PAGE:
Wednesday, February 12, 2014

Computing systemic risk using multiple behavioral and keystone networks: The emergence of a crisis in primate societies and banks

Computing systemic risk using multiple behavioral and keystone networks: The emergence of a crisis in primate societies and banks is an interesting article in comparative network dynamics. Specifically, they address network collapse. This is important in understanding economic crises. But banks only constitute one kind of social network within the market economy. It would be interesting to apply this data to other spontaneous orders as well.

Saturday, January 4, 2014

Complexity Drives Complexity

Complex environments result in the evolution of complex organisms. Of course, one should also point out that the presence of complex organisms results in a more complex environment. And heterogeneity results in a more complex environment as well.

Thus, once life emerged and began evolving, the living environment became more heterogeneous, and thus more complex. And this drove the evolution of greater complexity. Which drove the emergence of more complex environments. Which drove the evolution of greater complexity. Etc.

Which eventually get us to us. We also create more complex environments, within which we evolve more complexity. This is the argument of Gravesean psychology. Complexity drives complexity.

Thursday, January 2, 2014

Costs Create Small World Architecture in Networks

Where do small-world architecture in networks come from? According to Jeff Clune, "Once you add a cost for network connections, modules immediately appear. Without a cost, modules never form." This issue of a cost would also explain why market economies are self-organizing scale-free networks with small-world architecture. And not just market economies, but all large-scale social networks. Social interactions all have costs, which means the most efficient network architectures will evolve. The existence of costs is most obvious in economics, but you will find costs in any network -- whether social, neural, or molecular.

Thursday, September 5, 2013

The Self-Interested Society Is Spontaneous Order Society

Among the main requirements for the emergence of a complex, scale-free social network process -- a.k.a., spontaneous order -- are the breakdown of social hierarchies and, thus, the ability to freely enter and exit within the order. Kenneth Minogue explains how Westn-influenced cultures moved from hierarhical "just societies" to scale-free "self-interested societies'. Only if and when we become independent agents can spontaneous orders emerge.

Monday, August 12, 2013

The Human Brain's Flexible Hub Network

What causes humans to have such high intelligence? Evolutionary psychologists typically focus on modules, but humans also have a general intelligence that allows us to adapt to a variety of physical environments. It turns out that both explanations are true. The brain has a flexible hub that allows us to much more rapidly switch among modules. Not surprisingly, both individuation and generalization are in paradoxical tension in our brains, and contribute to our high intelligence.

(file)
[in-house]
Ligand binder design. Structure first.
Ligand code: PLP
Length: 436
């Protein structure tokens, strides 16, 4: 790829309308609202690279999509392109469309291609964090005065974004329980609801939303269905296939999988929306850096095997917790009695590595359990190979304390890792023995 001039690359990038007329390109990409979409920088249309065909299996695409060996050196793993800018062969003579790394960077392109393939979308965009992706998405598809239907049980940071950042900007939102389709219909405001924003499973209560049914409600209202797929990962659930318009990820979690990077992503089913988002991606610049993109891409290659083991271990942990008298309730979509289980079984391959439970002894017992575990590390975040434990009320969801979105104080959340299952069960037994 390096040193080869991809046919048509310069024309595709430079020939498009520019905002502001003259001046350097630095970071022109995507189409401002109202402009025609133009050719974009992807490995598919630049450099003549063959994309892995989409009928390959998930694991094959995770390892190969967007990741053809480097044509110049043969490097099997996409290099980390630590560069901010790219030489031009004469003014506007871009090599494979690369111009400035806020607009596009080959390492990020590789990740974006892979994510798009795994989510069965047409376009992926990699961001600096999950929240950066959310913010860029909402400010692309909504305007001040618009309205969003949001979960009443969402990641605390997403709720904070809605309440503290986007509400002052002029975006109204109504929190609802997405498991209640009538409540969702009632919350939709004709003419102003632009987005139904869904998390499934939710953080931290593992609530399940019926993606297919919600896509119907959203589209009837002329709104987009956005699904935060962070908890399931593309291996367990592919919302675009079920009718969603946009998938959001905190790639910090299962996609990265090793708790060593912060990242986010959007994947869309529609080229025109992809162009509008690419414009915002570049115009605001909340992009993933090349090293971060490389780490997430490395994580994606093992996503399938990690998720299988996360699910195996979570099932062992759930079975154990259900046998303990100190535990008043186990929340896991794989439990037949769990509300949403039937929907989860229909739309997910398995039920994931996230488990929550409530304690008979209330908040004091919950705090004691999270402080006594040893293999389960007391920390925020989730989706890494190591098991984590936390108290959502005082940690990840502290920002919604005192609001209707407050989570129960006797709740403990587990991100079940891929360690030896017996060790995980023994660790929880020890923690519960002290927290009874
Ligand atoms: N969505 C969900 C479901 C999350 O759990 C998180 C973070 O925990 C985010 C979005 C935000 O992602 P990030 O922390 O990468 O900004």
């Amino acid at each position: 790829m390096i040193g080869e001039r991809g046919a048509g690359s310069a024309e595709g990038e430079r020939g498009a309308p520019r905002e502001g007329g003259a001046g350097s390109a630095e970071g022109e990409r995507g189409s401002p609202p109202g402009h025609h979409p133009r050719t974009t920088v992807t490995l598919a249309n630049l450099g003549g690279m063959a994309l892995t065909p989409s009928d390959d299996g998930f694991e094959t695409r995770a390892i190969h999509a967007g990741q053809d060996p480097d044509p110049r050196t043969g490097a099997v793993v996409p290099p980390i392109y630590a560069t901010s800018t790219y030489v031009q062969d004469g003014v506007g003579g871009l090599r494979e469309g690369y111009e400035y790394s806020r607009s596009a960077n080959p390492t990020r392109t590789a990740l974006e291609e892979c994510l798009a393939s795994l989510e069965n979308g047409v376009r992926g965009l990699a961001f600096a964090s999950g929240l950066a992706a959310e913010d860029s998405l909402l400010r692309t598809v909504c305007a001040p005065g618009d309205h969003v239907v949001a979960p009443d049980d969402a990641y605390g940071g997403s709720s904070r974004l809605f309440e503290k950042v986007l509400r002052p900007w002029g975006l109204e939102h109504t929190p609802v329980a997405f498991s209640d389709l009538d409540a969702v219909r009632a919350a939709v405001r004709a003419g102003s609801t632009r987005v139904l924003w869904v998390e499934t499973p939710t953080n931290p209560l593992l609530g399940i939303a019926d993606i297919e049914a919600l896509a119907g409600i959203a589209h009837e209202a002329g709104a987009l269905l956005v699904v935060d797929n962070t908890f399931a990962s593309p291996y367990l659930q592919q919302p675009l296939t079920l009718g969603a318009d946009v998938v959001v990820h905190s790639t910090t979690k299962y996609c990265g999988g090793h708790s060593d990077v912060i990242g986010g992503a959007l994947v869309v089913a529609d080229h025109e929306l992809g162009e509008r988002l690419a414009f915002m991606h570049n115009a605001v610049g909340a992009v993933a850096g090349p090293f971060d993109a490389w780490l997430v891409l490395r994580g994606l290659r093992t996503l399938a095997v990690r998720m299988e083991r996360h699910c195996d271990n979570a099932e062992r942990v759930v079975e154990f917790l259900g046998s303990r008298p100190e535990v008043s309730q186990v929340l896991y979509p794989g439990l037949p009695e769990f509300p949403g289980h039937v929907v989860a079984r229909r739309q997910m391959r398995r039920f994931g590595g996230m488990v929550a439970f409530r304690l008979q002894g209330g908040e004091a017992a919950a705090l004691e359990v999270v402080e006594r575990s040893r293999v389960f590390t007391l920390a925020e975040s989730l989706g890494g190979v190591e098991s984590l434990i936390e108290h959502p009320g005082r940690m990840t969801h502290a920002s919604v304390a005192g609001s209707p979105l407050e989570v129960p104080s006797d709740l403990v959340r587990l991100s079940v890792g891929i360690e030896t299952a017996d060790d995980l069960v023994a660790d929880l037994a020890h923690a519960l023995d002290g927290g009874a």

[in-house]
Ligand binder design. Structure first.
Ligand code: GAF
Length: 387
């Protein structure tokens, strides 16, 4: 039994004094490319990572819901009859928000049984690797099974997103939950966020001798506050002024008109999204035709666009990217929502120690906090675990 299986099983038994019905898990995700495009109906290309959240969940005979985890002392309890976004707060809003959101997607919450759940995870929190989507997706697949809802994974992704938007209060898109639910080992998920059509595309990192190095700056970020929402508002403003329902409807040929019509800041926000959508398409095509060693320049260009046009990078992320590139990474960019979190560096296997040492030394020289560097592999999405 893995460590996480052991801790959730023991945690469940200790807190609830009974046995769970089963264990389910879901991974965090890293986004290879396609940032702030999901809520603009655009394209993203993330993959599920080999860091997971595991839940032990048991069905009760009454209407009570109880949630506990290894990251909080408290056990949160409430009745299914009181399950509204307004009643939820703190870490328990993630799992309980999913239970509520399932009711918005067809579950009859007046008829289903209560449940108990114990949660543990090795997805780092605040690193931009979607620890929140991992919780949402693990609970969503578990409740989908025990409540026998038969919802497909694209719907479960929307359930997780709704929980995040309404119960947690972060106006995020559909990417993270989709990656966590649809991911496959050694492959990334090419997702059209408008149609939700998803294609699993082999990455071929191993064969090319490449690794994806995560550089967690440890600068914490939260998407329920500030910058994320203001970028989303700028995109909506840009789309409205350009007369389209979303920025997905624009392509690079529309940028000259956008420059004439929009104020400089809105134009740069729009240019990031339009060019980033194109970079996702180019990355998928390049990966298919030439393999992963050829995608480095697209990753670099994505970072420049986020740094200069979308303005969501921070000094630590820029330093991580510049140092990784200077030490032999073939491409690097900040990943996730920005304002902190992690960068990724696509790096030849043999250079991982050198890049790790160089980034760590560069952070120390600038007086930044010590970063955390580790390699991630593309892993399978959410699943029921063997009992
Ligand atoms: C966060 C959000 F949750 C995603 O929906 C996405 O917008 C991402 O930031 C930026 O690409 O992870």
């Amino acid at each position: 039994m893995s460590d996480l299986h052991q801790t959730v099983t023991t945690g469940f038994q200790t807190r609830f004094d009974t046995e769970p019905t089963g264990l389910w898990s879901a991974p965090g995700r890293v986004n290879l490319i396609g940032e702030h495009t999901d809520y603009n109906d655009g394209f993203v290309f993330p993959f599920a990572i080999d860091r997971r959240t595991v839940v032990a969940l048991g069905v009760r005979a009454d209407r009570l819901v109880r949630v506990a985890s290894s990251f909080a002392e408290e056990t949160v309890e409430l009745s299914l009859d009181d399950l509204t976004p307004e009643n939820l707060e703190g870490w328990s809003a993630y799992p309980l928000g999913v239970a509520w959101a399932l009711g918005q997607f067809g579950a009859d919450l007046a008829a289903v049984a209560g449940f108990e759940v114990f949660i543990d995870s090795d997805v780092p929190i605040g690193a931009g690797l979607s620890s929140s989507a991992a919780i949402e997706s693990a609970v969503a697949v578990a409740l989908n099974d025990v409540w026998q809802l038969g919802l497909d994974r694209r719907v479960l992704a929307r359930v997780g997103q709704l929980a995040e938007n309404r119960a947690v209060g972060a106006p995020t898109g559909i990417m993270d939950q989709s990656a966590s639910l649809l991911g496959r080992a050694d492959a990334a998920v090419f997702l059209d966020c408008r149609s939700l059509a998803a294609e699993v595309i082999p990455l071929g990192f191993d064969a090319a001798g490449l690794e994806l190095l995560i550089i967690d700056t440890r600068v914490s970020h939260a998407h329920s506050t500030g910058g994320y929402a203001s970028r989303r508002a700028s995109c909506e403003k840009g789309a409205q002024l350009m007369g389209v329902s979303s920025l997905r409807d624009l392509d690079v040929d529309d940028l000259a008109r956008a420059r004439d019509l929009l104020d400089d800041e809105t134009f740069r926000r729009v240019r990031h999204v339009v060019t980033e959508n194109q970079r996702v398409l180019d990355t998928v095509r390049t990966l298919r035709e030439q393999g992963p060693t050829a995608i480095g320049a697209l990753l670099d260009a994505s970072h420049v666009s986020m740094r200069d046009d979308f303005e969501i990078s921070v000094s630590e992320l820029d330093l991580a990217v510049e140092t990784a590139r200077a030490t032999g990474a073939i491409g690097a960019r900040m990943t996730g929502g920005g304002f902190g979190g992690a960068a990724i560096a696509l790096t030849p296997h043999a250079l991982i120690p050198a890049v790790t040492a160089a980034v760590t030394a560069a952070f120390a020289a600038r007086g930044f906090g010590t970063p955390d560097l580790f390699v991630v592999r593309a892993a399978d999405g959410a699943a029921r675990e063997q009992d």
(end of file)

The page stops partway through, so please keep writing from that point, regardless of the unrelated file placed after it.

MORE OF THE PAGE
Wednesday, May 8, 2013

Fossil Words and Power Laws

One of the characteristics of a self-organizing process, or spontaneous order, is the presence of power law distributions. In the market economy, for example, we see power law distributions of firm size and longevity.

Given that language is a spontaneous order, we should expect to see power law distributions of words. And we do. We see power law distributions of word use frequency, for example. But what about longevity? I don't know that anybody has specifically focused on this issue, but the recent discovery of word continuity that goes back as far as 15,000 years for the Eurasian languages, as discussed here, here, and here, is highly suggestive that we should be able to find a power law distribution or word stability across time as well.

Friday, April 26, 2013

Network Cosmology

A Nov. 2012 paper in Nature, Network Cosmology argues that the cosmos is a complex, scale-free network, similar to the brain, the internet, and social spontaneous orders. The authors seem surprised at this, and they wonder if there is a hidden law of physics. They should perhaps consider constructal law and perhaps even bios theory to explain their findings. I personally am not in the least surprised at their findings. This is completely consistent with how I understand the cosmos to be structured. Over the course of cosmological evolution, new levels of complexity emerge, and the same scale-free network processes are discovered. The exciting thing is that network science -- developed to explain complex interactions of high-level complex entities -- is being brought down to the simplest levels of reality, demonstrating the same structures repeat at each level of complexity. Just as reductionist science is starting to experience decreasing returns in physics, emergentist science is being discovered to be highly relevant at even the simplest levels of reality, like physics.